During 1853, there were, in round numbers, imported into San Francisco, 100,000,000 pounds of flour and meal, worth $5,000,000; 20,000,000 pounds of butter, worth $4,000,000; 25,000,000 pounds of barley, worth $500,000; nearly 80,000,000 feet of lumber, worth $4,000,000; 29,500 casks, and 12,000 packages, of hams; 8,400 tierces, hogsheads and casks, 700 barrels and 9,400 boxes, of bacon; 51,000 barrels of pork; 16,000 barrels of beef; about 40,000 barrels of refined, and 160,000 bags, 3,000 barrels and 4,000 boxes, of raw sugars; 100,000 boxes of soap; 170,000 cases of candles; 1,100,000 pounds of tea ; 115,000 bags of coffee, (not including some 13,000 boxes of the article ground) ; 2,300 tierces, and 14,000 barrels of Carolina rice, and over 400,000 bags of foreign rice; and, of unspecified provisions, 50 tons and 55,000 packages. There were also imported, among a variety of other articles, 67,600 cases of boots and shoes; 31,000 bales, 20,000 cases and boxes, and 6,000 packages, of dry goods; 80,000 tons of coal, and 550,000 packages of unspecified merchandise. Likewise, whiskey equal to 20,000 barrels, and 400 barrels of rum; 9,000 casks, hogsheads and pipes, 13,000 barrels, 2,600 kegs and 6,000 cases, of brandy; 34,000 baskets of champagne; and, of other wines, 9,150 hogsheads and casks, 2,500 barrels, 1,800 kegs and 156,000 cases. To complete the long list of “drinks,” there were also imported, of beer, 24,000 casks and hogsheads, 13,000 barrels, and 23,000 cases and boxes; and of ”unspecified liquors,” 5,000 pipes and casks, 6,000 barrels, 5,000 kegs, 8,000 cases and 1,600 packages. These importations were to supply the wants of fewer than four hundred thousand persons, resident in California and Oregon, and some of them in the Sandwich Islands. The total imports of the year were about 745,000 tons of goods, and were valued at upwards of $35,000,000; or, on an average, two tons, and about $100 for every person in the State of California and Territory of Oregon. The freights to vessels coming into San Francisco during the year were $11,752,084; and the duties collected at the custom house were $2,581,975. The only exports worthy of notice were about $65,000,000 of gold dust (part only of which was manifested), and 18,800 flasks of quicksilver, valued at $683,189.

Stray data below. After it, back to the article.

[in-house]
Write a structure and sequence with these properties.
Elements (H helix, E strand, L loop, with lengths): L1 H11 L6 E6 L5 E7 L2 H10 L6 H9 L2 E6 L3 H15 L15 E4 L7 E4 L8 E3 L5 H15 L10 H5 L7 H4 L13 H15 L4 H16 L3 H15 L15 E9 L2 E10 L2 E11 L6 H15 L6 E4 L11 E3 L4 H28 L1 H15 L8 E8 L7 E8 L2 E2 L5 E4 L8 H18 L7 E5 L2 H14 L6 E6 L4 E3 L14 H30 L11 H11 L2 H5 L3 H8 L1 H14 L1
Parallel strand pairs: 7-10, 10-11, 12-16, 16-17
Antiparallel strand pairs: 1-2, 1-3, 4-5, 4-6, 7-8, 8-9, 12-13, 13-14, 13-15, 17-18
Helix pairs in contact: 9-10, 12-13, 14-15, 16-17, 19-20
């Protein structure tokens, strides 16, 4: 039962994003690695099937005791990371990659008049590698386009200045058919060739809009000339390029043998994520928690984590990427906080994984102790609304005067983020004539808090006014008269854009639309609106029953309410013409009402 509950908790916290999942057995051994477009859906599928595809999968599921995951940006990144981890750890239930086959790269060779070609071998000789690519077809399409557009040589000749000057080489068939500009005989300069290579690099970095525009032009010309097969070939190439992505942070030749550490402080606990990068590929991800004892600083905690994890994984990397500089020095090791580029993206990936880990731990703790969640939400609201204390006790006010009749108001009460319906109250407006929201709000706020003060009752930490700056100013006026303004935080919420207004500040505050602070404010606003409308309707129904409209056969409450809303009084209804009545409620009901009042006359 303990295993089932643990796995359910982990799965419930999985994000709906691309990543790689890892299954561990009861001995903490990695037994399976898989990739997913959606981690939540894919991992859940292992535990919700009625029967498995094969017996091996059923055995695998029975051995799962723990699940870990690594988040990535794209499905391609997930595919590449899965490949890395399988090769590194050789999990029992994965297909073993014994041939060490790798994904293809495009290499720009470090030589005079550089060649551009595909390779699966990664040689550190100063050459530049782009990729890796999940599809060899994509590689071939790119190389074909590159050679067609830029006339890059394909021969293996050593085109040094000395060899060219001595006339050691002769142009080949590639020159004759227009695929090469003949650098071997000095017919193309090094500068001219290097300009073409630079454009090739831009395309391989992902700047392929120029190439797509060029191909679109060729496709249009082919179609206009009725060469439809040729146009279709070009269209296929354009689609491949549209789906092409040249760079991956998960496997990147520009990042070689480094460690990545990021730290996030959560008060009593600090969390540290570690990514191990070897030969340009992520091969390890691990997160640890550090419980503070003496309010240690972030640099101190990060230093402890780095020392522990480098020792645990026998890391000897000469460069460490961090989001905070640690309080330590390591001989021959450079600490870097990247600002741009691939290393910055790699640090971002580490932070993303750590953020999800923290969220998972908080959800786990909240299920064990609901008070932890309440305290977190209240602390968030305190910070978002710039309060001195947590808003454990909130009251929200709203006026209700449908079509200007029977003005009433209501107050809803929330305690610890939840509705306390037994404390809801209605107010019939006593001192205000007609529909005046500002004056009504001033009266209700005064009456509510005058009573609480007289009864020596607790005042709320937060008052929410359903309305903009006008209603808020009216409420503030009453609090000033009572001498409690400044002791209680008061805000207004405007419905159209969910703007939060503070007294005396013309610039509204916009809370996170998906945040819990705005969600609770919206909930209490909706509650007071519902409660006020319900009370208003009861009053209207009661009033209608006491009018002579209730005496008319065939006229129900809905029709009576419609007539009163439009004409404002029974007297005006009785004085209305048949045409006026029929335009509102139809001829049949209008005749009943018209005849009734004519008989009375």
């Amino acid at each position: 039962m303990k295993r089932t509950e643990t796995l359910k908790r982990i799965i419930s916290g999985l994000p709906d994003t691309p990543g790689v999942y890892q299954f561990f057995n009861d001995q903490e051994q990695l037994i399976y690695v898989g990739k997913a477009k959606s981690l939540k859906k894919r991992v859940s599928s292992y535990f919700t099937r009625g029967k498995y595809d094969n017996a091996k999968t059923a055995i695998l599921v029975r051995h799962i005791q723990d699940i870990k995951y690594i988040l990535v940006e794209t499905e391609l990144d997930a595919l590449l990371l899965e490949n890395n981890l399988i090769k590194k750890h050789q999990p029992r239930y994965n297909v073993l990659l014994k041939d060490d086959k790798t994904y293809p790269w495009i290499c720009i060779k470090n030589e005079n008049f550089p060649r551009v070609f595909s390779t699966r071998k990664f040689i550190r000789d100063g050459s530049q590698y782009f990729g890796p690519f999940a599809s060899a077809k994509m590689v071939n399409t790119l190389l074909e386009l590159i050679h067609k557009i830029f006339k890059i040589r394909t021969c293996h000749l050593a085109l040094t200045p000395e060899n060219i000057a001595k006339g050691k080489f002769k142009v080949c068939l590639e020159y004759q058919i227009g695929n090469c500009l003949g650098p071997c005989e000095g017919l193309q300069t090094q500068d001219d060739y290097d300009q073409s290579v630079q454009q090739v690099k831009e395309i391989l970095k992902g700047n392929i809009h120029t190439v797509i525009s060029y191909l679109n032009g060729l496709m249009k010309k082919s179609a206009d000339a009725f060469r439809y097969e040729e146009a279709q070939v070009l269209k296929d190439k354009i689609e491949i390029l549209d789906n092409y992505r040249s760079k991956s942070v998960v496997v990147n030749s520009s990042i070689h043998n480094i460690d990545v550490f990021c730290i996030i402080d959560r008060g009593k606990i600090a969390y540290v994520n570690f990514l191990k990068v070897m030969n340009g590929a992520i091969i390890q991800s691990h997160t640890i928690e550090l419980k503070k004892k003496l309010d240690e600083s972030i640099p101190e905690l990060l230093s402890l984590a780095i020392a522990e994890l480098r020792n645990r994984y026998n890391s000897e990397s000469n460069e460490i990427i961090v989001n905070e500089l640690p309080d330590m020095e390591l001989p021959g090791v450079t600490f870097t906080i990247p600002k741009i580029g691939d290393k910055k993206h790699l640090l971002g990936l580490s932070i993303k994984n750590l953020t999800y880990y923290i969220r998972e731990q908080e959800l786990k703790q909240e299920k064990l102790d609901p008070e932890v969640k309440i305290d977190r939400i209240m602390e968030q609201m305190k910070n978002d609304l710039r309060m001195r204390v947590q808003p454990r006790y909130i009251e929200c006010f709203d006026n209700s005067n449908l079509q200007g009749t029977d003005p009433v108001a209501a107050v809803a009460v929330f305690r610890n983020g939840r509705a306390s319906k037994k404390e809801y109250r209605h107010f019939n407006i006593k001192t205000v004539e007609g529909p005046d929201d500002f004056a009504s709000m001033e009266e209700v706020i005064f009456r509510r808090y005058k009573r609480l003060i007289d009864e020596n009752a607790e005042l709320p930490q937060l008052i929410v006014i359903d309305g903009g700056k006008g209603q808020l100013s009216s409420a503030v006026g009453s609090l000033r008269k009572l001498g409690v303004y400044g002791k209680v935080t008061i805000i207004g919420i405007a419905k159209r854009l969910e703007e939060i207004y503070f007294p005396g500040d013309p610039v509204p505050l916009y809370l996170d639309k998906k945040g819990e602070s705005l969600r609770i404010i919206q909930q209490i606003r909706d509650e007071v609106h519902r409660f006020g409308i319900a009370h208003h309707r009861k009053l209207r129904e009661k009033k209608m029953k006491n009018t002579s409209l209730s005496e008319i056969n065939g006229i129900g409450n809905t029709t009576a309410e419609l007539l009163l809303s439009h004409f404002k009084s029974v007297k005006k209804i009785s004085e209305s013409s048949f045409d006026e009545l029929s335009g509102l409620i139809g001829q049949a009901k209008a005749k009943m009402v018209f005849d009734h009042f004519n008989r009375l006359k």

The arrivals of the year were 1028 vessels, of 558,755 tons (though carrying about one-third more), and the departures were 1653 vessels, of 640,072 tons. Of the entrances, 634 vessels, of 428,914 tons, were American, and 394 vessels, of 126,880 tons were foreign. The difference between the statements of the entrances and departures arises chiefly from the circumstance that the many vessels engaged in the Californian coasting trade were cleared, but not entered in the custom house. The quickest passages of the year were made by the Flying Fish and the John Gilpin, both “clipper ships.” These were from New York, and arrived on the 31st January, and 2d February, in 92 and 97 days respectively. At the close of the year, there were 72 square rigged sailing vessels in the port, consisting of 21 ships, 36 barques, and 15 brigs. A few weeks, and sometimes a few days only, were now sufficient to discharge the largest vessels, and fit them ready to depart again for sea. Besides the vessels mentioned as being in port, there was also there a proportion of the large ocean steamers and those that plied along the coast, and in the bay and tributaries. Many old “forty-niners” and other vessels that had arrived in various late years, served as storeships, or lay dismantled and neglected in various parts of the harbor.